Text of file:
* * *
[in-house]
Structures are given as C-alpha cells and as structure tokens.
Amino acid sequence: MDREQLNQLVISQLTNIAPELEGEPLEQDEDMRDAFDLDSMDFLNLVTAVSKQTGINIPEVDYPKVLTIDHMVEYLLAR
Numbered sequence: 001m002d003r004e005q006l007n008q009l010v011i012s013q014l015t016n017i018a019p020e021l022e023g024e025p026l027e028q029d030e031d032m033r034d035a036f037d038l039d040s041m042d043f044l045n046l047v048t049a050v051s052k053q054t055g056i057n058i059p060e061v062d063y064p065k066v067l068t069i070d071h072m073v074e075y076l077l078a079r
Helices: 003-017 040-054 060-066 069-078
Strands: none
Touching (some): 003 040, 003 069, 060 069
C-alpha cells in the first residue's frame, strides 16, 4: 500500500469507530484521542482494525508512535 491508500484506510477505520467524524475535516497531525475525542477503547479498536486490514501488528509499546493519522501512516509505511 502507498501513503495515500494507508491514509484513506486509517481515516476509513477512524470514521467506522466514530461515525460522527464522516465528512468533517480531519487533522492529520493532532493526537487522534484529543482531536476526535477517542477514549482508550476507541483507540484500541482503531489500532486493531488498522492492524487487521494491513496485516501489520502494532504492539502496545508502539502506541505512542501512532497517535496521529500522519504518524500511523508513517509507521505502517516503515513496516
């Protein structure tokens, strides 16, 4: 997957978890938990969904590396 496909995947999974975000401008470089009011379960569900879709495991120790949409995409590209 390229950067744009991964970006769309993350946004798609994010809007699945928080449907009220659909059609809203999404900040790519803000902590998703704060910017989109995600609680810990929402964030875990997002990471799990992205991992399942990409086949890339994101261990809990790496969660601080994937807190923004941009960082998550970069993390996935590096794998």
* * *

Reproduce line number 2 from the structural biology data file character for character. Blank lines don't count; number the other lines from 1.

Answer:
Structures are given as C-alpha cells and as structure tokens.